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Pregnancy discrimination: don’t let good intentions get you in trouble

By Paul Edwards  bio

Chances are, you would never intentionally discriminate against a pregnant employee, and your doctor(s) and team probably feel the same way. But it can be easy to unintentionally discriminate. When it comes to pregnancy discrimination lawsuits, the road to court is usually paved with good intentions.

Do all practices need to worry about pregnancy discrimination?

Basically, yes. While the federal Pregnancy Discrimination Act applies to employers with 15 or more employees, many states have their own laws that extend protections to employees at smaller businesses. Pregnancy discrimination lawsuits against employers of all sizes are common—and almost no other type of lawsuit is so easy for the employee and her attorney to win.

To make matters more complicated, pregnancy discrimination protections aren’t just something you have to worry about only during an employee’s pregnancy. They also apply beforehand, when an employee is trying to become pregnant, and afterward, for any medical condition or situation related to pregnancy or childbirth.

Baby-bumps in the road: what counts as discrimination?

You probably know that you can’t fire or retaliate against an employee for any reason related to her pregnancy. It’s also illegal to force her to take leave, whether paid or unpaid, or make accommodations that she didn’t ask for, even if you’re concerned about her health (or your liability).

Take these well-meaning employer statements:

“I gave you fewer morning shifts on next month’s schedule, in case you’re not feeling well.”

“I’m going to need a doctor’s note before you can work. I know you said it’s OK, but I just want to make sure your doctor approves first.”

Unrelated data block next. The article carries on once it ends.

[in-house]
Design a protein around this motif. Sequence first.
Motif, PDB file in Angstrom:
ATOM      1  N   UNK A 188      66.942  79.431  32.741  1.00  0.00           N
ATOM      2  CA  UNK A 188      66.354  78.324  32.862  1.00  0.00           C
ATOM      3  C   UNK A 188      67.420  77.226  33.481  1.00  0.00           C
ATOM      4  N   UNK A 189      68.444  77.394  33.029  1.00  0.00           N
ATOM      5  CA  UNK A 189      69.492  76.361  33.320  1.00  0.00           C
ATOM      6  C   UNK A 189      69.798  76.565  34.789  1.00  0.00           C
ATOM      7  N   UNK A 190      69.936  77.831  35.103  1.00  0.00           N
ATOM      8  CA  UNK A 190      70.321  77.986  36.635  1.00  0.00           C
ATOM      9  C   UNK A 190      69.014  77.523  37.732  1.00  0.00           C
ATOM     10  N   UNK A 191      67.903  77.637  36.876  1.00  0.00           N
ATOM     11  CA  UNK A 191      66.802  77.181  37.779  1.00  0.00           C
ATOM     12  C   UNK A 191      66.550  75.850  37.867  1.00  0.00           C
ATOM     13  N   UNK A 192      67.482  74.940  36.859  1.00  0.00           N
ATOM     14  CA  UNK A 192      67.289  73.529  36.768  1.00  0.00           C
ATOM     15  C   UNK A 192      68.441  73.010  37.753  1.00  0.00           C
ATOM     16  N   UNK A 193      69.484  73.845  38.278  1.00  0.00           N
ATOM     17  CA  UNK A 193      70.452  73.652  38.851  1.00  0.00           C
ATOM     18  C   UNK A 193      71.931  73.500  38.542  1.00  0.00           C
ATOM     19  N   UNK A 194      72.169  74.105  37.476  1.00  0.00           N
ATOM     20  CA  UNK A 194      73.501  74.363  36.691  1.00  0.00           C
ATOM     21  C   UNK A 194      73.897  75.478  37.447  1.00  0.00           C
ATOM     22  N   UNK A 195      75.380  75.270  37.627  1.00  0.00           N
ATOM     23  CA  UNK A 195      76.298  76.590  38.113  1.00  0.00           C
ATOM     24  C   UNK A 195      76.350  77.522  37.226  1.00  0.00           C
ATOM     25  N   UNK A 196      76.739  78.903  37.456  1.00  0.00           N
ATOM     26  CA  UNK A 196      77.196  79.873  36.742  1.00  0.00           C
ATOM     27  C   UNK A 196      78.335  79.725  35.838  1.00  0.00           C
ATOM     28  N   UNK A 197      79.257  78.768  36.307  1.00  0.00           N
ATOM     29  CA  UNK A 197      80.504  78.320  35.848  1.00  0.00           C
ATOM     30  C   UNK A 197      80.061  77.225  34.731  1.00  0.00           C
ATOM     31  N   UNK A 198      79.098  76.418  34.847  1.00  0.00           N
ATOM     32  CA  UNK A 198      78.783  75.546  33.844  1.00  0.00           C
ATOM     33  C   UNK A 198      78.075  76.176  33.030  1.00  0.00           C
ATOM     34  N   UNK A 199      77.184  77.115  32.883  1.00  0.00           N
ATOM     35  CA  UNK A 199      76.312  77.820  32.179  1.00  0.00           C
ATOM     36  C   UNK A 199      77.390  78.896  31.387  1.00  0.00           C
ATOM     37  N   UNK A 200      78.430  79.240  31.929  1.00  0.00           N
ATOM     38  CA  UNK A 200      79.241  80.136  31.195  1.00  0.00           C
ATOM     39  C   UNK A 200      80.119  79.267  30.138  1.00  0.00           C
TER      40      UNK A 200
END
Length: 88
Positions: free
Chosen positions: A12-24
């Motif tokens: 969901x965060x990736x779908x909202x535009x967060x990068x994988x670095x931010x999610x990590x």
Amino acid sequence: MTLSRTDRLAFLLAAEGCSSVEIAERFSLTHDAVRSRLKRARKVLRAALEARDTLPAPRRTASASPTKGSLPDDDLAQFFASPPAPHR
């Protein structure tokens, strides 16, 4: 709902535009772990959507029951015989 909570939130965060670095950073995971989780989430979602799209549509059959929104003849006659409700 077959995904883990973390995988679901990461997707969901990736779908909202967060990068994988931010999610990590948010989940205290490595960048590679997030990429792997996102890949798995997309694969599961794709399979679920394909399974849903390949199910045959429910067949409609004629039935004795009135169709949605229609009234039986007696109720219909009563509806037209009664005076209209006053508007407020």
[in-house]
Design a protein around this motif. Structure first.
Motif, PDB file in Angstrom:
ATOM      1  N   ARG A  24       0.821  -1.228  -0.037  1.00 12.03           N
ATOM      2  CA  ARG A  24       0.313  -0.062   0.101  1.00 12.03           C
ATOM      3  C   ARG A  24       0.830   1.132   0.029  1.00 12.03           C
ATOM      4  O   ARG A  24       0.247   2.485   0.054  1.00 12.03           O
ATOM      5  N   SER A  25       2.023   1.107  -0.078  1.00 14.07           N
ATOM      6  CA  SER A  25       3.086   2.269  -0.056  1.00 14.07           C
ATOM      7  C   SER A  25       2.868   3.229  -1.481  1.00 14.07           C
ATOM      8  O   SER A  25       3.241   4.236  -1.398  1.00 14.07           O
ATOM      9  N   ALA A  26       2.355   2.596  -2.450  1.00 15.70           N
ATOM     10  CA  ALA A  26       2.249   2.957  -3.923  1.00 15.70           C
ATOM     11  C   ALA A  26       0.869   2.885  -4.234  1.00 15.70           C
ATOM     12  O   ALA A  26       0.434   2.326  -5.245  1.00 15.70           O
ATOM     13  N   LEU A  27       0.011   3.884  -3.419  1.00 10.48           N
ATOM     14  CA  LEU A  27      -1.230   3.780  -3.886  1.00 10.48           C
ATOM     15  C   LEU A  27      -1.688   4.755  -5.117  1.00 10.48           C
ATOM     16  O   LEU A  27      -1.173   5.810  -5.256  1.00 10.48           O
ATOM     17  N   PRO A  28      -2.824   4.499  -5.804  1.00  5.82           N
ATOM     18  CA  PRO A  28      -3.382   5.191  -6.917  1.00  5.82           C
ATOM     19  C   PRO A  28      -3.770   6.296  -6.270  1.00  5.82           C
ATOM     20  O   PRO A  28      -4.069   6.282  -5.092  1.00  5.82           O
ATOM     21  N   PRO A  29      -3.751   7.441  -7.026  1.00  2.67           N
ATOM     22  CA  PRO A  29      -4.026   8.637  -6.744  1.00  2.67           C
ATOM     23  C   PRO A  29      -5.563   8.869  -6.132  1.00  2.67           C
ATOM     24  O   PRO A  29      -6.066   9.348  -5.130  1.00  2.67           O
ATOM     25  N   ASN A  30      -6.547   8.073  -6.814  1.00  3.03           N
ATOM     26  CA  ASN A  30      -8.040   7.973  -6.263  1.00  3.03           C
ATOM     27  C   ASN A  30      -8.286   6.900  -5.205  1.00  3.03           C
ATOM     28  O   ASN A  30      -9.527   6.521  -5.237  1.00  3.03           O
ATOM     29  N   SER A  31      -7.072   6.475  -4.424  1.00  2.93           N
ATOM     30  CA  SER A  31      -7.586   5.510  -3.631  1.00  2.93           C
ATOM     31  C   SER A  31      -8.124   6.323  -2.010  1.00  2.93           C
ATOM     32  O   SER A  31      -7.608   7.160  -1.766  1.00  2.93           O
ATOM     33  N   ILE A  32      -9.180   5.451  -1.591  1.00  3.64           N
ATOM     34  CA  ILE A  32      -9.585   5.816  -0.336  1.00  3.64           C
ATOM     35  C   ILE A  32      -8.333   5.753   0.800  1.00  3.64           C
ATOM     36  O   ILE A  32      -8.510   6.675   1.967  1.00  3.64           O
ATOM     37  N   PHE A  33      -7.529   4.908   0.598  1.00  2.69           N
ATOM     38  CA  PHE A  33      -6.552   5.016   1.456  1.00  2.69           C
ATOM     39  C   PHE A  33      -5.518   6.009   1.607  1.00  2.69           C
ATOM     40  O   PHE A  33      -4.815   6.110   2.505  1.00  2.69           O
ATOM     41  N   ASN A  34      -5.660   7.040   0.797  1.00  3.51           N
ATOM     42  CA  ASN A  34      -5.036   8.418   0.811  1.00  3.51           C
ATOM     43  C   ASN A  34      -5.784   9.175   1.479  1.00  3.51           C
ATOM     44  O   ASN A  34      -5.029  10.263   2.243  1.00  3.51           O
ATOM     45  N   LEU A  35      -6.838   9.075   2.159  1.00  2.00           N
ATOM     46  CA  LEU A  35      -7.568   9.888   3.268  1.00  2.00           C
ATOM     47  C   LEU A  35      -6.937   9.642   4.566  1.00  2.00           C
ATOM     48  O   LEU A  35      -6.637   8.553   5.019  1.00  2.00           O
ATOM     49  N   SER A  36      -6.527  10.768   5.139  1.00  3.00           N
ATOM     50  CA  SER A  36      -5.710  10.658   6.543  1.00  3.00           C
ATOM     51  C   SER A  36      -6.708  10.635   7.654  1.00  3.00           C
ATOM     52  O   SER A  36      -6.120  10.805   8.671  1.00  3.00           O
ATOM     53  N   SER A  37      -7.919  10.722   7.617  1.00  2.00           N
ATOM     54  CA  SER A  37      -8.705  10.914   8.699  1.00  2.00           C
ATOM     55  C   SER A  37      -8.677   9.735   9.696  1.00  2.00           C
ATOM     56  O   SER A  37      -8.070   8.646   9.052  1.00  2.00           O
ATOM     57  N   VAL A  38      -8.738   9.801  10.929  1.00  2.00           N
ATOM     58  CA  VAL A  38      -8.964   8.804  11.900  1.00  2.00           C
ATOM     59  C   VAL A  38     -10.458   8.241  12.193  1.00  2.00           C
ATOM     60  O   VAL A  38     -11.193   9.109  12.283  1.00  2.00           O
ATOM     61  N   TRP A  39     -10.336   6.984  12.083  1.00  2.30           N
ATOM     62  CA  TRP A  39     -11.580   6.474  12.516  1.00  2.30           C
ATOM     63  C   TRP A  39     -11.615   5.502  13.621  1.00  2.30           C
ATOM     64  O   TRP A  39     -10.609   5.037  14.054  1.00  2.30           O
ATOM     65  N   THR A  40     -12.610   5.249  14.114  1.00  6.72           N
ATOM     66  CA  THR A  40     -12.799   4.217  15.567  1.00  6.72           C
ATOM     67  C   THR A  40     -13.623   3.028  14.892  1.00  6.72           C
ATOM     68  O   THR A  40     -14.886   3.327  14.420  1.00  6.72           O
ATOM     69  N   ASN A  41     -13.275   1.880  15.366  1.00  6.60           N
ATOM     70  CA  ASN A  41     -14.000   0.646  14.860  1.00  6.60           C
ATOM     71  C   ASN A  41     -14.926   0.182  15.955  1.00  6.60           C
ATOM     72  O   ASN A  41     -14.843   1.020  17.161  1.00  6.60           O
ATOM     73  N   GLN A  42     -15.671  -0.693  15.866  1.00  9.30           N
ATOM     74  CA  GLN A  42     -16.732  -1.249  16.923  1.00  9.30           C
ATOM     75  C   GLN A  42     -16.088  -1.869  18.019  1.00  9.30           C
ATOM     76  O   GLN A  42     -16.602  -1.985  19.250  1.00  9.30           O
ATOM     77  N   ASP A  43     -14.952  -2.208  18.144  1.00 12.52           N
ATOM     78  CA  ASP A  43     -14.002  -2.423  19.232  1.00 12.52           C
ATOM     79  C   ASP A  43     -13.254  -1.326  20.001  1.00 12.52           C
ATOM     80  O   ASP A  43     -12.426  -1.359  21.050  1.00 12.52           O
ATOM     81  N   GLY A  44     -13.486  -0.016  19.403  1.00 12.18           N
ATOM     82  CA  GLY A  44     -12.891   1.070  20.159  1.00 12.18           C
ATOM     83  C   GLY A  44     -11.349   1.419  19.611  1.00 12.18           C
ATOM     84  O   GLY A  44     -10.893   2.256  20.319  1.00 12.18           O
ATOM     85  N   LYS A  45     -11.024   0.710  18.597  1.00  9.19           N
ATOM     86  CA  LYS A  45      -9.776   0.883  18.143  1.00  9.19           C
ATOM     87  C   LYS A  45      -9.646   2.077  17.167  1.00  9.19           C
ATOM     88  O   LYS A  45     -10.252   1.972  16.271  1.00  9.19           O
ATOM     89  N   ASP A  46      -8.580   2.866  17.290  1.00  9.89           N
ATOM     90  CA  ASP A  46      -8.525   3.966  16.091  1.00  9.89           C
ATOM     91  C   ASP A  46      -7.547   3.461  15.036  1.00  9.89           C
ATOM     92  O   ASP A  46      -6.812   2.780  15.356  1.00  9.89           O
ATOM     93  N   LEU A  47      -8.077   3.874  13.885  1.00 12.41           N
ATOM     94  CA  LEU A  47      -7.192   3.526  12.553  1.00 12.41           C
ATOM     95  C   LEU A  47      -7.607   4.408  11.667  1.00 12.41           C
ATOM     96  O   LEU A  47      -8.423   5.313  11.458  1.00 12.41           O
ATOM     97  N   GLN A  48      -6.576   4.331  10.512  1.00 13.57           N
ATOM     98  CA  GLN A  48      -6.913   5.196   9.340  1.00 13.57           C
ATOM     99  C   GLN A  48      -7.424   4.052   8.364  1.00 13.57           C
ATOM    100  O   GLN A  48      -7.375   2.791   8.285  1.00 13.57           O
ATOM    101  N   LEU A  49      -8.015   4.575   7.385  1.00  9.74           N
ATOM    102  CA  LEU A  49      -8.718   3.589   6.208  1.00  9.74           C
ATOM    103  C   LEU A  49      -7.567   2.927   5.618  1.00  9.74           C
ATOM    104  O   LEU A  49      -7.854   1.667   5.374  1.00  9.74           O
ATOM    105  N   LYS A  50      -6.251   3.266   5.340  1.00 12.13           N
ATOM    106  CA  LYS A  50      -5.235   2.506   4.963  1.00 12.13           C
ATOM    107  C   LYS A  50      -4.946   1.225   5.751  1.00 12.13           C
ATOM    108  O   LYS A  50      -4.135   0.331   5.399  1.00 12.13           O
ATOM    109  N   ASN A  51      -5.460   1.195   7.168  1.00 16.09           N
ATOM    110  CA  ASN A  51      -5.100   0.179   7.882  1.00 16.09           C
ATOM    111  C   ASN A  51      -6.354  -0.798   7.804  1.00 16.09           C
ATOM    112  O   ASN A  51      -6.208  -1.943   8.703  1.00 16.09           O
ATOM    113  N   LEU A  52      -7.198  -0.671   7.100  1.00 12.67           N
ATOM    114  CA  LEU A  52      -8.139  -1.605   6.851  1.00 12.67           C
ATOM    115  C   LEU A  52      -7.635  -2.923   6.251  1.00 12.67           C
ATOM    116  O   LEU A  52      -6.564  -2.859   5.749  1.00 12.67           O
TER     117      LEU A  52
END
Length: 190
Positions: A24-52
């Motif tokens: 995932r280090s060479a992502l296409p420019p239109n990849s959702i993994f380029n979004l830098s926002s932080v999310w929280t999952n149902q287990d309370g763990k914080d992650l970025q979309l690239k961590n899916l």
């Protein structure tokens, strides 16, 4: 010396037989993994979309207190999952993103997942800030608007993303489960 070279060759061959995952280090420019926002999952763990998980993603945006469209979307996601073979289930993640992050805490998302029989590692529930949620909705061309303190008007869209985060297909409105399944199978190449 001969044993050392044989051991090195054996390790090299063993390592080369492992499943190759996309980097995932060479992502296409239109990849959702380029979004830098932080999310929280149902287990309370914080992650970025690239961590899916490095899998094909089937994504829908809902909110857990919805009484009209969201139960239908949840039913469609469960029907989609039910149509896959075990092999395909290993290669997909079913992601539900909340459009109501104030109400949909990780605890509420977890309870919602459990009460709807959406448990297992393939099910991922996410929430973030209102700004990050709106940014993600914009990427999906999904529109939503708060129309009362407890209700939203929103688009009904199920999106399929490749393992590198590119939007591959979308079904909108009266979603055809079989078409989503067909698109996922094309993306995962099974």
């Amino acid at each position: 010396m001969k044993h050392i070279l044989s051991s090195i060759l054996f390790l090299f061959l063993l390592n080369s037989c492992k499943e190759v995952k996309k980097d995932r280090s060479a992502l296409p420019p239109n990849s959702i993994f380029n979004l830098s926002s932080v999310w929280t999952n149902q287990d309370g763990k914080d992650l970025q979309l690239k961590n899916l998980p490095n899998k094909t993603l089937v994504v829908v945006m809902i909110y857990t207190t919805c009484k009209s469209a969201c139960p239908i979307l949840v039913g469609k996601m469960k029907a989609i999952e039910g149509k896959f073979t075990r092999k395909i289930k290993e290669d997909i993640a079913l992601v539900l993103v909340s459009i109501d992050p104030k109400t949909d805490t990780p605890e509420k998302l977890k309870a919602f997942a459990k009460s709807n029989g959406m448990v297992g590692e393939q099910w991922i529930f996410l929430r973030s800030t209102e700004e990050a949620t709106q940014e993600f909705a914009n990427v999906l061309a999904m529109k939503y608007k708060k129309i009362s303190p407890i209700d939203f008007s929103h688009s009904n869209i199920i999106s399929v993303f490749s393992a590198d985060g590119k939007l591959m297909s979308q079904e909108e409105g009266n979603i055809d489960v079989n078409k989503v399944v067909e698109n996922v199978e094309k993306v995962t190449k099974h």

“I think it’ll be easier if we have you sit up front and handle patient intake until the baby is born.”

That’s correct – unsolicited by the mother, these can count as discrimination. But if the employee makes any of these requests herself, you may very well need to comply.

Making accommodations without discrimination

Your legal obligation is to treat pregnancy and pregnancy-related conditions or circumstances like you would any other temporary disability, which includes making reasonable accommodations—when requested, or if she’s stated that she’s having difficulty.

See the double-edged sword here? If a pregnant employee requests an accommodation and you grant it, that’s fine. But if you indicate that you have decided something on behalf of her and her child, then that is pregnancy discrimination.

The final word: hers, not yours

Be warned, this is just the tip of the iceberg when it comes to safely navigating employee pregnancy. For one thing, you need language in your employee handbook and job descriptions that properly address any toxins in the workplace pregnant employees need to be aware of. You’ll want to have an HR expert review your maternity/parental leave policies, as well.

Legally, decisions about the work performed by your pregnant employee, her own safety, and that of her unborn or recently-born child are hers to make. If you try to help by making these decisions for her, no matter how noble your intentions, this is an area where no good deed goes unpunished.

Avoid the lawsuit. Let her choose.

Paul Edwards is the CEO of CEDR Solutions (, the nation’s leading provider of customized medical employee handbooks and expert HR support for practices of all sizes and specialties. He can be reached at 866-414-6056 or

The above information is shared by a guest contributor and does not necessarily reflect the views of Medical Office Manager.









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